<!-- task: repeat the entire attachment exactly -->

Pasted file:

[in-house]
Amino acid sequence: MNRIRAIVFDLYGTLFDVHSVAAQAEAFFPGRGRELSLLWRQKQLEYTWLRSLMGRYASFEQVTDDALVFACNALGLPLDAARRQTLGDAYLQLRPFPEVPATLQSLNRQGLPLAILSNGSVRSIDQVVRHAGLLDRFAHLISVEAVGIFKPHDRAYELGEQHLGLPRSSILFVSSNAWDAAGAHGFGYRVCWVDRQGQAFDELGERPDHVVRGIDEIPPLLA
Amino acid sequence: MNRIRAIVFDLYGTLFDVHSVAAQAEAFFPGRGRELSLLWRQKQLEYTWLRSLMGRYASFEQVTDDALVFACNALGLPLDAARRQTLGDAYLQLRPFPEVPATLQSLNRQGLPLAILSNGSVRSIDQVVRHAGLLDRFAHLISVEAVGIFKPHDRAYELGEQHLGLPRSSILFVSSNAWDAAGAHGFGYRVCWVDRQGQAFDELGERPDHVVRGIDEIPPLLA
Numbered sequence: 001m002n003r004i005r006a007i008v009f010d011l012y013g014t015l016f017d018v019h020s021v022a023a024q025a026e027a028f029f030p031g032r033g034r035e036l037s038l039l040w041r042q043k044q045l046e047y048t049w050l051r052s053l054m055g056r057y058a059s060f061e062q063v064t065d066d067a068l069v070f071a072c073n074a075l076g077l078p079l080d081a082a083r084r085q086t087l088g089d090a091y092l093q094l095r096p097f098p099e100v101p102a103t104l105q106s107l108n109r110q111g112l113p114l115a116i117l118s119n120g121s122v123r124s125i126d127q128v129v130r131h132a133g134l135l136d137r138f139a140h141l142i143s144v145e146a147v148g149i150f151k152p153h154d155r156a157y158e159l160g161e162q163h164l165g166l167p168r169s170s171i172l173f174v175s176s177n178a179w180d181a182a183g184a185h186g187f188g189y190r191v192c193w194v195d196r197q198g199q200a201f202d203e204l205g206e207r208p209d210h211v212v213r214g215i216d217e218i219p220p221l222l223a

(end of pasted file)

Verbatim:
[in-house]
Amino acid sequence: MNRIRAIVFDLYGTLFDVHSVAAQAEAFFPGRGRELSLLWRQKQLEYTWLRSLMGRYASFEQVTDDALVFACNALGLPLDAARRQTLGDAYLQLRPFPEVPATLQSLNRQGLPLAILSNGSVRSIDQVVRHAGLLDRFAHLISVEAVGIFKPHDRAYELGEQHLGLPRSSILFVSSNAWDAAGAHGFGYRVCWVDRQGQAFDELGERPDHVVRGIDEIPPLLA
Amino acid sequence: MNRIRAIVFDLYGTLFDVHSVAAQAEAFFPGRGRELSLLWRQKQLEYTWLRSLMGRYASFEQVTDDALVFACNALGLPLDAARRQTLGDAYLQLRPFPEVPATLQSLNRQGLPLAILSNGSVRSIDQVVRHAGLLDRFAHLISVEAVGIFKPHDRAYELGEQHLGLPRSSILFVSSNAWDAAGAHGFGYRVCWVDRQGQAFDELGERPDHVVRGIDEIPPLLA
Numbered sequence: 001m002n003r004i005r006a007i008v009f010d011l012y013g014t015l016f017d018v019h020s021v022a023a024q025a026e027a028f029f030p031g032r033g034r035e036l037s038l039l040w041r042q043k044q045l046e047y048t049w050l051r052s053l054m055g056r057y058a059s060f061e062q063v064t065d066d067a068l069v070f071a072c073n074a075l076g077l078p079l080d081a082a083r084r085q086t087l088g089d090a091y092l093q094l095r096p097f098p099e100v101p102a103t104l105q106s107l108n109r110q111g112l113p114l115a116i117l118s119n120g121s122v123r124s125i126d127q128v129v130r131h132a133g134l135l136d137r138f139a140h141l142i143s144v145e146a147v148g149i150f151k152p153h154d155r156a157y158e159l160g161e162q163h164l165g166l167p168r169s170s171i172l173f174v175s176s177n178a179w180d181a182a183g184a185h186g187f188g189y190r191v192c193w194v195d196r197q198g199q200a201f202d203e204l205g206e207r208p209d210h211v212v213r214g215i216d217e218i219p220p221l222l223a